For three months, United States Army private and rape suspect Jameson T. Hazelbower has lived off the grid without difficulty. Despite accusations of violent sexual assault, the 24-year-old was simply listed as a military deserter without further efforts to bring him into custody.


As AP reports, Hazelbower disappeared after being informed that the Army suspected him of raping a 15-year-old girl: “Despite the potential threat to the public that he posed, the self-described sex addict roamed free for nearly three months before local police collared him in Winnebago, Illinois, near where he grew up.”

And evidence points to his apprehension as entirely coincidental — not the result of an organized search. According to AP, “an office responded to a call on a late Friday night in March 2014 about a suspicious vehicle parked in a cul-de-sac outside an apartment complex. Hazelbower, his pants down to his knees, was in the car with a girl, barely 14.”


Now Hazelbower is imprisoned in Fort Leavenworth, Kansas, at the U.S. Disciplinary Barracks. But his case raises questions about the Army’s seemingly lax treatment of sexual assault cases. From AP:

“Hazelbower’s case is a window into an obscure but significant aspect of the U.S. military’s legal system. Deserters suspected of serious crimes are to be prioritized for capture based on the severity of the offenses. But the Army never searched for Hazelbower, and the U.S. Marshal Service was not called in, even though marshals have arrested more than 200 deserters over the past five years alone.

In fact, there was a lack of urgency to locate Hazelbower despite strident warnings from his superiors at Fort Campbell, Kentucky, the records show. The military’s version of an arrest warrant described him as a ‘sexually violent predator’ and a known drug abuser. Also, he had gone AWOL before. ‘CAUTION-ESCAPE RISK ’ is stamped in bold letters on the right side of the document.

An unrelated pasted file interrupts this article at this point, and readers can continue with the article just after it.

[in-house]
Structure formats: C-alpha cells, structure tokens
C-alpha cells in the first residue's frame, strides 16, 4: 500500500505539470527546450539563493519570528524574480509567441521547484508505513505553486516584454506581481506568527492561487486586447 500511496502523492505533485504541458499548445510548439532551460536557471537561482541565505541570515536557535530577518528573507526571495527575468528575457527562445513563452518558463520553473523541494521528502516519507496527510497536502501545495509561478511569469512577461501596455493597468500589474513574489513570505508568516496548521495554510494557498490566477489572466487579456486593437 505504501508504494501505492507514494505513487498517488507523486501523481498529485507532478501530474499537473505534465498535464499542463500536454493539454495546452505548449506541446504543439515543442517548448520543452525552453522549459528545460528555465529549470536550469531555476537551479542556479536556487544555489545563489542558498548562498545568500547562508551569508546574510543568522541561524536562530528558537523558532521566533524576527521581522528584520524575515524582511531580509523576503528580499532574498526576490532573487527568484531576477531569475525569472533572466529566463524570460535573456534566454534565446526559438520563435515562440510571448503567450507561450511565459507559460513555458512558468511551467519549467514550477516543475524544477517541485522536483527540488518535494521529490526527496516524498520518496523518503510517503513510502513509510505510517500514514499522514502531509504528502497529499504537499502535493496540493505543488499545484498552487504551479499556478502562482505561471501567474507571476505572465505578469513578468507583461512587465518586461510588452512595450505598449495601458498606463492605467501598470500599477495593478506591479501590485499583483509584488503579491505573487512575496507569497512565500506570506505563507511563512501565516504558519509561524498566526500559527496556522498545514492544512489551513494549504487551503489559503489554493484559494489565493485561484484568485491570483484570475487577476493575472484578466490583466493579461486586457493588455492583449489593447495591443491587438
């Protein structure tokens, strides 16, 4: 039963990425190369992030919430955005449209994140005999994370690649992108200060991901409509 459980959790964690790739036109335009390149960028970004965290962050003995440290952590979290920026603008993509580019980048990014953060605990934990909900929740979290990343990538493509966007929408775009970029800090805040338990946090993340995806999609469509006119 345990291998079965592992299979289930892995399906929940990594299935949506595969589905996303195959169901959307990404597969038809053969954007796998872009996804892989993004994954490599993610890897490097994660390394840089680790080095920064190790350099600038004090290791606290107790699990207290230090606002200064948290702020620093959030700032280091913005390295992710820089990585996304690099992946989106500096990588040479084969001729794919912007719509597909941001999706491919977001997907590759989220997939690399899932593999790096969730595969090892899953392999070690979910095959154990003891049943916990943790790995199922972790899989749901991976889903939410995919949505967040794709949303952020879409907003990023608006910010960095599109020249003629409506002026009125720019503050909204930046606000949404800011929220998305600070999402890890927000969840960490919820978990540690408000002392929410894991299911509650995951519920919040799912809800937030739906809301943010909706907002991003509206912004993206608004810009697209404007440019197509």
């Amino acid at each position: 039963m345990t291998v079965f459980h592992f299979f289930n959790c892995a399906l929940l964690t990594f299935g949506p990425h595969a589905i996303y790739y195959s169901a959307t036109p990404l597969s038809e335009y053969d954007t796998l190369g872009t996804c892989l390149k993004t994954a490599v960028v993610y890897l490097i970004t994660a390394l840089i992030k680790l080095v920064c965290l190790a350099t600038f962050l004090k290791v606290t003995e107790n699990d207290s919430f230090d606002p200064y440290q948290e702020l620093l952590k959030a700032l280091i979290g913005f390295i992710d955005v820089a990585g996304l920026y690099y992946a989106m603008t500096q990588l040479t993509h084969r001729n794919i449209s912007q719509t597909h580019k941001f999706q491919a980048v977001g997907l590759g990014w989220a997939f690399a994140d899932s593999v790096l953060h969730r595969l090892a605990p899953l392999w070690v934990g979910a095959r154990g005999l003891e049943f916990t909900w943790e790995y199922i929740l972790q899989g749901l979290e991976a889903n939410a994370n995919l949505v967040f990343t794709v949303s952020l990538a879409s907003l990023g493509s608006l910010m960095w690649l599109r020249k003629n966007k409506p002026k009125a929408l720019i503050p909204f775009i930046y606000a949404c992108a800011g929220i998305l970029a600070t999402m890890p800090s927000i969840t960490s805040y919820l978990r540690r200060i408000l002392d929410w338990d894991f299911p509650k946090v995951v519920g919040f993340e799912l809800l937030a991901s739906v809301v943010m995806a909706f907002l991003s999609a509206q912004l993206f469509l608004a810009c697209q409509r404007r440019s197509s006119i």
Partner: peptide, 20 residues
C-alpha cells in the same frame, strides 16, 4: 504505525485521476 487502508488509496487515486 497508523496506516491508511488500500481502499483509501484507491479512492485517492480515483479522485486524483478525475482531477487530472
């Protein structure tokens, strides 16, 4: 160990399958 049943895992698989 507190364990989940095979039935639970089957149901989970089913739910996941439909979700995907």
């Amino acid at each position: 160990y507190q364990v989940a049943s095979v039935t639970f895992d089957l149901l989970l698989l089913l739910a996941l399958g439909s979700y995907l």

The Army declined to discuss Hazelbower’s court-martial and why service officials chose not to pursue him. Army spokeswoman Tatjana Christian said the service typically does not conduct searches or pursuits to physically apprehend deserters ‘due to jurisdictional issues unique to each military institution.’ She declined to say what those issues are.

‘We can’t really speculate on what happened in the specific case of Hazelbower,’ Christian said.

The Army’s neglect to prioritize this search is all the more perplexing when one takes into consideration Hazelbower’s history. At age 17 his ex-girlfriend’s family “secured an emergency order of protection” after he allegedly began to stalk her. And after Hazelbower was designated a deserter in February 2014, the Army was made aware of a second rape case: “The sheriff’s office in neighboring Montgomery County, Tennessee, had established probable cause to believe that he had raped a 14-year-old girl, Army Criminal Investigation Command records show.”

According to the girls’ testimonies, Hazelbower often met his targets on social media sites, where he would pretend to be a teenager himself.


Now that Hazelbower has been caught—given that he had returned to his hometown, he would have been easy to track down—it’s uncertain to what extent he will serve time for his crimes. He has been sentenced to 50 years imprisonment, but according to the terms of the military justice system, will be eligible for release after serving a third of the term.

Hazelbower, for his part, maintains that he should not be held fully accountable for his violent acts and pleaded “not guilty” at the trial.

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